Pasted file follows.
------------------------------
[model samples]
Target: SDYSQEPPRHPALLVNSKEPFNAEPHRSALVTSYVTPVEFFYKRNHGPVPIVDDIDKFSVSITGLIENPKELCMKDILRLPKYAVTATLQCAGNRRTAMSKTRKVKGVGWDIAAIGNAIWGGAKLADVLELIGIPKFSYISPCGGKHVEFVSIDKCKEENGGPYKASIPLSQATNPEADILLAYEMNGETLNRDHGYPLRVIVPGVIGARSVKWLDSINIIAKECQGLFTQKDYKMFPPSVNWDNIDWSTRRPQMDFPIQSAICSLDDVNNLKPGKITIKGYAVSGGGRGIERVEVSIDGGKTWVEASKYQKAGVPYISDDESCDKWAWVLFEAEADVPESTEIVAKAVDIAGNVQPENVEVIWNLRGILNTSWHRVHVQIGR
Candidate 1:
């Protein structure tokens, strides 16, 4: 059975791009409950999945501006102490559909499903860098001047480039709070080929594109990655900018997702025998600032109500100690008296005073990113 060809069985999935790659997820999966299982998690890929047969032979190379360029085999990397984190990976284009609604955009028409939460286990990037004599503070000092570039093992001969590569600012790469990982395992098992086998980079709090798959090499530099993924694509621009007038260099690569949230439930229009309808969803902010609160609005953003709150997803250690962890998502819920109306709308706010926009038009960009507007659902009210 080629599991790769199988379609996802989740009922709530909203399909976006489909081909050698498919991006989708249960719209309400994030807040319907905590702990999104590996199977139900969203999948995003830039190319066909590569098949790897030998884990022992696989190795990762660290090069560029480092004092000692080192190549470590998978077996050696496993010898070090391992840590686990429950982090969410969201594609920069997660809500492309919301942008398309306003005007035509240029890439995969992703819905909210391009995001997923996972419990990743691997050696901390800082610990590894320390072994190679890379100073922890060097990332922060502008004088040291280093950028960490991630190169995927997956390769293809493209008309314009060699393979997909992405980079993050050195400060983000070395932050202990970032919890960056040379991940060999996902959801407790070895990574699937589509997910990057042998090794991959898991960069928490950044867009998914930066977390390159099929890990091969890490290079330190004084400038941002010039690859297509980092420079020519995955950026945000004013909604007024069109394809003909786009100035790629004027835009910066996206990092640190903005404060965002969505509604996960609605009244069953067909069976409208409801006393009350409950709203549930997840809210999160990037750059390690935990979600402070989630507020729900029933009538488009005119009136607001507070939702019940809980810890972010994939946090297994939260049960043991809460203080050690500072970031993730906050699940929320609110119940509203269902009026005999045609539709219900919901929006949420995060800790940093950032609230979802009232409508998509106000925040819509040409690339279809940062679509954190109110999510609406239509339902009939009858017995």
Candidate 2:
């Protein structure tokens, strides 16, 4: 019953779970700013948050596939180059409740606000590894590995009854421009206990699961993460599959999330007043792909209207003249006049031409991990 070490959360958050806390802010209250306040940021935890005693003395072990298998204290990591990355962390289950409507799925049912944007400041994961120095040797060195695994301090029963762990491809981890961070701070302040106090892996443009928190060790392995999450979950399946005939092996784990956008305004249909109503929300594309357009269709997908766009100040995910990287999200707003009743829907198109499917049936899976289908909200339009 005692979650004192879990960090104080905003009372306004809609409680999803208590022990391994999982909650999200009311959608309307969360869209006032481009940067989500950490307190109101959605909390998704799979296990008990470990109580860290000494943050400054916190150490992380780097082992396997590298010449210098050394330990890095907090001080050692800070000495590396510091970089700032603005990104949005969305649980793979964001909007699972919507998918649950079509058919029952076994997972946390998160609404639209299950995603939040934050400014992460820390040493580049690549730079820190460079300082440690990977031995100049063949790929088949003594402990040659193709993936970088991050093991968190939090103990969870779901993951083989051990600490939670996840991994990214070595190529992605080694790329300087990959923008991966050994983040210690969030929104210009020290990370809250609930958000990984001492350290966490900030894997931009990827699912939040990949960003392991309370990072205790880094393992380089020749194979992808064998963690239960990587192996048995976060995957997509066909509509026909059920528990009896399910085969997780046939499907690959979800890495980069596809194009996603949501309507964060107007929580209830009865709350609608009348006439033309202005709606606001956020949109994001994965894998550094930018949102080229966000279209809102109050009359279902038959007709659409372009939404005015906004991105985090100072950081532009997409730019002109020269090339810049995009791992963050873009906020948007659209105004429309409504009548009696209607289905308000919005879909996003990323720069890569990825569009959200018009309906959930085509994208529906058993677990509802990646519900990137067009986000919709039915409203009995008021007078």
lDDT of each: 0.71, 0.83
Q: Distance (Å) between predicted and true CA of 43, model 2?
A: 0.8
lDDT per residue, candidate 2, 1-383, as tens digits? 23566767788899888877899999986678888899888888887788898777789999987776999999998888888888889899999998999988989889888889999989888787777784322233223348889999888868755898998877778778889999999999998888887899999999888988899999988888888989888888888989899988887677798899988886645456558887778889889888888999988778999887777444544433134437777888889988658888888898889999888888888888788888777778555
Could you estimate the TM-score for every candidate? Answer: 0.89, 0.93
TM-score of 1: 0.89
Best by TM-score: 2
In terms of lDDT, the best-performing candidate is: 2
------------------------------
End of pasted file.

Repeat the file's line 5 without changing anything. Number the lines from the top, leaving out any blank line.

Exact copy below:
Candidate 2: